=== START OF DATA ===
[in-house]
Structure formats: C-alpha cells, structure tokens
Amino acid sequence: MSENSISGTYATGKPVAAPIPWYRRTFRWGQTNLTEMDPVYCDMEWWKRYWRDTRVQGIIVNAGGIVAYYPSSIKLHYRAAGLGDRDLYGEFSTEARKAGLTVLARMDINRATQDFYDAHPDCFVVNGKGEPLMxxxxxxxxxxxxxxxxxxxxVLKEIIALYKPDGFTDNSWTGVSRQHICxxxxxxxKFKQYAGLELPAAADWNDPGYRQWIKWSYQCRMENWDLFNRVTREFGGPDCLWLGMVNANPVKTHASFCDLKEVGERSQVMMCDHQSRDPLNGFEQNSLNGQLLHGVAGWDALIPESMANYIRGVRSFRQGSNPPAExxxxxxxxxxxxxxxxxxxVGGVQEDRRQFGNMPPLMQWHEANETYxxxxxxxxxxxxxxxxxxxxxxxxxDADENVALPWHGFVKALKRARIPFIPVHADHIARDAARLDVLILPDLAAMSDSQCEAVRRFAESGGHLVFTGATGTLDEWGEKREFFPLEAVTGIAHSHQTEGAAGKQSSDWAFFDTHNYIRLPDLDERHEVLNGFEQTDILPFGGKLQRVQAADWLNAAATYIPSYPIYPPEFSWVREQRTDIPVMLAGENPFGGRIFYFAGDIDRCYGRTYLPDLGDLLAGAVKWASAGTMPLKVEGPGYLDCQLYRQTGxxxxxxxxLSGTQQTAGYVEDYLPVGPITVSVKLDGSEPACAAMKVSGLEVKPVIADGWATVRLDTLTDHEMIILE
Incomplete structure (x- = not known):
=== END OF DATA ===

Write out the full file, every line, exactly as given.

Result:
[in-house]
Structure formats: C-alpha cells, structure tokens
Amino acid sequence: MSENSISGTYATGKPVAAPIPWYRRTFRWGQTNLTEMDPVYCDMEWWKRYWRDTRVQGIIVNAGGIVAYYPSSIKLHYRAAGLGDRDLYGEFSTEARKAGLTVLARMDINRATQDFYDAHPDCFVVNGKGEPLMxxxxxxxxxxxxxxxxxxxxVLKEIIALYKPDGFTDNSWTGVSRQHICxxxxxxxKFKQYAGLELPAAADWNDPGYRQWIKWSYQCRMENWDLFNRVTREFGGPDCLWLGMVNANPVKTHASFCDLKEVGERSQVMMCDHQSRDPLNGFEQNSLNGQLLHGVAGWDALIPESMANYIRGVRSFRQGSNPPAExxxxxxxxxxxxxxxxxxxVGGVQEDRRQFGNMPPLMQWHEANETYxxxxxxxxxxxxxxxxxxxxxxxxxDADENVALPWHGFVKALKRARIPFIPVHADHIARDAARLDVLILPDLAAMSDSQCEAVRRFAESGGHLVFTGATGTLDEWGEKREFFPLEAVTGIAHSHQTEGAAGKQSSDWAFFDTHNYIRLPDLDERHEVLNGFEQTDILPFGGKLQRVQAADWLNAAATYIPSYPIYPPEFSWVREQRTDIPVMLAGENPFGGRIFYFAGDIDRCYGRTYLPDLGDLLAGAVKWASAGTMPLKVEGPGYLDCQLYRQTGxxxxxxxxLSGTQQTAGYVEDYLPVGPITVSVKLDGSEPACAAMKVSGLEVKPVIADGWATVRLDTLTDHEMIILE
Incomplete structure (x- = not known):